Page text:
Transcendental Commentary Transcendental
Commentary On the Issues of the
Day Artificial Rains
"Artificial rains soothe Maharashtra." Headlines like these have been a frequent sight in recent newspapers in India. Accompanying the headlines are mind-grabbing images of a political leader and a scientist flying in an airplane, shooting a chemical spray into the clouds, and bringing down the rains. For people tormented by prolonged water scarcity, artificial rainfall seems to be a graphic demonstration of the power of technology to counter human suffering caused by the vagaries of nature.
If we look more closely, though, we'll see a picture quite different from the hype. To begin with, the name "artificial rains" is misleading; all that is done is that scientists stimulate rainfall from naturally formed clouds. Contrary to the hype, cloud seeding, as it's called, can therefore offer no relief to drought affected areas, where there are generally no clouds anyway. Also, ordinary cumulus clouds the kind of clouds most often found in the sky are too small to produce any worthwhile rains by seeding. Further, because of unpredictable wind motions, no one can control where cloud seeding will cause rains. American meteorologist Chuck Doswell explains that the rain at the ground from a seeder's typical target cloud a fairly large cloud ten km tall and ten km in diameter would be on the order of 1of an inch. Not much of a result just about enough to wet the sidewalk.
Hence it needs to be seriously examined whether the Rs 5.6 crore (US$1.24 million) that the Maharashtra government has spent on Project Varsha leads to commensurate returns. Moreover, no exhaustive studies have been done about the likely side-effects of cloud seeding, which, American scientists like Johnny Micou say, include flooding, tornadoes, rain suppression, and silver iodide toxicity.
Cloud seeding has dubious benefits and may be harmful. Using it in public areas is like testing an unproven drug on humans and making them pay for both for the drug and its side-effects. Unconscionable, isn't it?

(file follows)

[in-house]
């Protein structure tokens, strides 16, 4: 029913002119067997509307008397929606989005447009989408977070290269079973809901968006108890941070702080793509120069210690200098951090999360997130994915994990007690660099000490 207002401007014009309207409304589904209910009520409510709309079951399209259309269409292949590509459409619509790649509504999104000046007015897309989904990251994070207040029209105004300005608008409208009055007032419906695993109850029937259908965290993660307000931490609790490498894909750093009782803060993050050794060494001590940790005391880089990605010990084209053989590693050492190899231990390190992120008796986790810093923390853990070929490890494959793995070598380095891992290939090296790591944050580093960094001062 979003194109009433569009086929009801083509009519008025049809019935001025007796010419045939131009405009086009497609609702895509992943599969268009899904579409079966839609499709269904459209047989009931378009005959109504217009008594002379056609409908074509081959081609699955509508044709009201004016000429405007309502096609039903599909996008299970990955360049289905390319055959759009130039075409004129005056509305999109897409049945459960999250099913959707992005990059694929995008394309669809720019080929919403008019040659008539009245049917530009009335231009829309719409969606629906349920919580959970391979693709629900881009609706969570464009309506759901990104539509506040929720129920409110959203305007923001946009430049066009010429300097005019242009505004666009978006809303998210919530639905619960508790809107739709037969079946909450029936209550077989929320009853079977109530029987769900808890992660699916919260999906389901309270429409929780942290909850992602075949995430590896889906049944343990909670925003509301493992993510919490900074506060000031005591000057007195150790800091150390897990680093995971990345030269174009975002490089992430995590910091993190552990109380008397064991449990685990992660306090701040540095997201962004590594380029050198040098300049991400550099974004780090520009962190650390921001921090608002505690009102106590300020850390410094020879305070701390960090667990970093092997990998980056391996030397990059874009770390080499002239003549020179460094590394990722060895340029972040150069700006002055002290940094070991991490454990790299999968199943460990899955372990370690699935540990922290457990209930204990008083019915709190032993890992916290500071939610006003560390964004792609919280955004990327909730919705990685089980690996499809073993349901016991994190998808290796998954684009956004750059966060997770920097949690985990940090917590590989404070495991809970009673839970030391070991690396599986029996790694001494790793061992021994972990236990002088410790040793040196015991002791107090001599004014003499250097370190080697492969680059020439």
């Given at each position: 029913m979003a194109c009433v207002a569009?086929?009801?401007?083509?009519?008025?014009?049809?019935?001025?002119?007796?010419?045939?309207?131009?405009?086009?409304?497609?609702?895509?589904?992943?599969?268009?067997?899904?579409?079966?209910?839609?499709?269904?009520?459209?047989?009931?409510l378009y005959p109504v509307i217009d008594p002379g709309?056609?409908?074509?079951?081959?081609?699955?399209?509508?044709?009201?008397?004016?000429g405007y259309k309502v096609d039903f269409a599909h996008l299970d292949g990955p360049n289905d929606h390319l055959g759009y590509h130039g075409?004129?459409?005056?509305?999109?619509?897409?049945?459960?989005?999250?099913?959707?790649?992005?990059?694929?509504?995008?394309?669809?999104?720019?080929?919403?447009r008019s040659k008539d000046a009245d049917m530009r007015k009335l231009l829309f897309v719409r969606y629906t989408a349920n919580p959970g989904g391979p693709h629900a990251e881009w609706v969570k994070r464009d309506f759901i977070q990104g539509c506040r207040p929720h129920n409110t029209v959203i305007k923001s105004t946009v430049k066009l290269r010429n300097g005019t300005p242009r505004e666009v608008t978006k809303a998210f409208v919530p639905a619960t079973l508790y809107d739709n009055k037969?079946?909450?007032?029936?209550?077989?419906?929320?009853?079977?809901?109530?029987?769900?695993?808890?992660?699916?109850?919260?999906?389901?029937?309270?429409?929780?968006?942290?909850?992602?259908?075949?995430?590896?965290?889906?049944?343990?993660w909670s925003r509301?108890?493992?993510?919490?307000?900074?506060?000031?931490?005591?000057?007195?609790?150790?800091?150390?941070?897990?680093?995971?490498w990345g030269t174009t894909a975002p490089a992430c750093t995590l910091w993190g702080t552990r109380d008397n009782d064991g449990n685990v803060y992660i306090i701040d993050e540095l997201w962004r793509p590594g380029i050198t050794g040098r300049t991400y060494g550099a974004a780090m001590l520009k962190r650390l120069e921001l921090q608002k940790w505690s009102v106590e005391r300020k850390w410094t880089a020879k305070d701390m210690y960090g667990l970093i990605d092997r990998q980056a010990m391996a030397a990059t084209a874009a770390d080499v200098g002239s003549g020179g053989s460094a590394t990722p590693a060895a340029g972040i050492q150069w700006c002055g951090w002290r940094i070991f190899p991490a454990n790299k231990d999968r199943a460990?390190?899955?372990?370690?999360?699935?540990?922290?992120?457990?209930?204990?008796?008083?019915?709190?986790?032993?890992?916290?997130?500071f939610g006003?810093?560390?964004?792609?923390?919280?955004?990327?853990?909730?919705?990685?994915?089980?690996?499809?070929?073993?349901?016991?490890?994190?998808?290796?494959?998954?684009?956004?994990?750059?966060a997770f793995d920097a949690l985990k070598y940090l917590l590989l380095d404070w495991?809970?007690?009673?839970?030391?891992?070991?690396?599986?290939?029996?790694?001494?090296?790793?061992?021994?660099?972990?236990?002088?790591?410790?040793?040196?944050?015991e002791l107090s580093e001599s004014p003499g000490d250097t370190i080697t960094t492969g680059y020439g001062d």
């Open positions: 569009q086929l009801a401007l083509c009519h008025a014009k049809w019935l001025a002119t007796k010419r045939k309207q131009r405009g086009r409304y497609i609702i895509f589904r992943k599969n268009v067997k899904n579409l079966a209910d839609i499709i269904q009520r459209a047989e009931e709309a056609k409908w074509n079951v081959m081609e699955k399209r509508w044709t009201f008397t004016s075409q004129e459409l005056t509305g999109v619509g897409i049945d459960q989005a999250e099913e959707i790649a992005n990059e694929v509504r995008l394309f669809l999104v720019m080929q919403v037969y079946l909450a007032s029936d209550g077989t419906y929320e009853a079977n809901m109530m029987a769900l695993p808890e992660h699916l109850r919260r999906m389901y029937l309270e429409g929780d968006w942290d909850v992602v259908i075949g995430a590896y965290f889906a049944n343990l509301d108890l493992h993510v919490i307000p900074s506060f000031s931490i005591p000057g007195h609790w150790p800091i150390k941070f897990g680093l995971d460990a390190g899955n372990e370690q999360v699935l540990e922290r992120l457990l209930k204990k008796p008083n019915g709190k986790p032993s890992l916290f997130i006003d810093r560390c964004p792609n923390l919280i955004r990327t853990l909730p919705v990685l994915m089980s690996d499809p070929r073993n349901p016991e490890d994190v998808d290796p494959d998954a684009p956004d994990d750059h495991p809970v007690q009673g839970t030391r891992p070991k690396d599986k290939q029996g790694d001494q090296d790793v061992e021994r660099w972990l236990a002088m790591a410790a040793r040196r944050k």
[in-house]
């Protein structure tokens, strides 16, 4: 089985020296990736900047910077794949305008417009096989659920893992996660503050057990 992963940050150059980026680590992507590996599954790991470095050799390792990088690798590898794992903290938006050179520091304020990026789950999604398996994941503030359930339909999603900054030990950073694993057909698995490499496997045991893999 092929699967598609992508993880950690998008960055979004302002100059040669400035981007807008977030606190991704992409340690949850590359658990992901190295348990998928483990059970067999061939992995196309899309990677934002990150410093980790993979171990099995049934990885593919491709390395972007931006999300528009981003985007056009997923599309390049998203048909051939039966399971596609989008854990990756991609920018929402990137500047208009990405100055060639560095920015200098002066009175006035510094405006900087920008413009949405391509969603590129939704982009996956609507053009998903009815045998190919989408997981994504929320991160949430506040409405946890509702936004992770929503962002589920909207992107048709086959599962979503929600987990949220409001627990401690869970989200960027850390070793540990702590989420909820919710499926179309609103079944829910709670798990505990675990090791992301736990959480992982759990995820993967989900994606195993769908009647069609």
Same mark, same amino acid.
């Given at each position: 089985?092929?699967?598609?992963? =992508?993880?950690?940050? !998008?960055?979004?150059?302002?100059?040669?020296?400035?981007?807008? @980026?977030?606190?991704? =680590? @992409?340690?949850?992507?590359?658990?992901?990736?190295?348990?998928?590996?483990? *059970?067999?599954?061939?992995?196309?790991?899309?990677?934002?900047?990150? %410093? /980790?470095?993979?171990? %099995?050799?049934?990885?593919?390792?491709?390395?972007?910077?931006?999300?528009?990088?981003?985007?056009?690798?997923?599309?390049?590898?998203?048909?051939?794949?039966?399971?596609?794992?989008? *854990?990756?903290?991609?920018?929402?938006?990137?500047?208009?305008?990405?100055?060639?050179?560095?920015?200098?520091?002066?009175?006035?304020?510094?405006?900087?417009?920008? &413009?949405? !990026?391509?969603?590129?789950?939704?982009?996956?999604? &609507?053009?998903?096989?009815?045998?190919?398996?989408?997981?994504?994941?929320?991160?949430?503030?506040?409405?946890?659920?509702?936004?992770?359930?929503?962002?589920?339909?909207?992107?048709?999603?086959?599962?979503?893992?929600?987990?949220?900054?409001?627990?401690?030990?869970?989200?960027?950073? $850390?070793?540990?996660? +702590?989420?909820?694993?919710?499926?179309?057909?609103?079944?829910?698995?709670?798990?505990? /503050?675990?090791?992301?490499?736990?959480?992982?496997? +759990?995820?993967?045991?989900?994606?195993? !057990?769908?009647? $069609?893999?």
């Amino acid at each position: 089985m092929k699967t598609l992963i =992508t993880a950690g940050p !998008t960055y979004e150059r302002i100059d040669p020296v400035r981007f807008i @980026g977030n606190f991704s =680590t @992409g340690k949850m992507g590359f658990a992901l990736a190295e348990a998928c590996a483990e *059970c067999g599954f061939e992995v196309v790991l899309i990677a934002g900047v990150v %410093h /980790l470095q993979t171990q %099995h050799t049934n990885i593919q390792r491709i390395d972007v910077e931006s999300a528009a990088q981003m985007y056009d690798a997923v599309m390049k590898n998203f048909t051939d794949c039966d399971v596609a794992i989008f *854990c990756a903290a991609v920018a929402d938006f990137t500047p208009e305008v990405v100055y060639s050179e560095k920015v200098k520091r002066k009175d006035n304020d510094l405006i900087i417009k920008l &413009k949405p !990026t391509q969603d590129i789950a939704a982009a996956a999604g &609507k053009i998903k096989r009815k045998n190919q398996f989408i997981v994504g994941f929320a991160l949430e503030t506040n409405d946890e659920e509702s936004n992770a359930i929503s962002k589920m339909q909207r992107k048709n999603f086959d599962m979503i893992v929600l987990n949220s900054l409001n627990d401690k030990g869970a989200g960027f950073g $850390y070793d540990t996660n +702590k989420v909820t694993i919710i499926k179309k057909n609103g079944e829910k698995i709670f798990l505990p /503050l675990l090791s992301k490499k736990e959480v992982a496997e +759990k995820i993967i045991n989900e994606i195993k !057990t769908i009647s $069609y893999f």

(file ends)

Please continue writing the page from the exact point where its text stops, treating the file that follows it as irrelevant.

Our Dependence On Nature
While the desire to reduce the sufferings of the drought-afflicted is not wrong, the method of forcible extortion of the rains from the clouds is questionable. Science has long believed that if we understand nature, we can control it. But we're discovering that we'd be better off cooperating with nature. Our tinkering with nature disturbs its balance and often leads to calamity.
The sheer magnitude of the natural forces is awesome, as is our dependence on them. In the science magazine Nature (May 15, 1997), researchers from the University of Maryland presented the world with a "bill to nature" for $16 trillion to $54 trillion dollars per year for the natural resources and raw materials we take from nature: food, water, air, lumber, rocks, metals, jewels, oil, and so forth. Our cosmic bill to the sun is no less. American scientist Dr. Edwin Kessler has calculated that if we had to pay five cents per kilowatt-hour (a relatively cheap price) for the energy provided by the sun every day over the state of Oklahoma, the cost would be around $60 billion per day.
Consciousness Controls Nature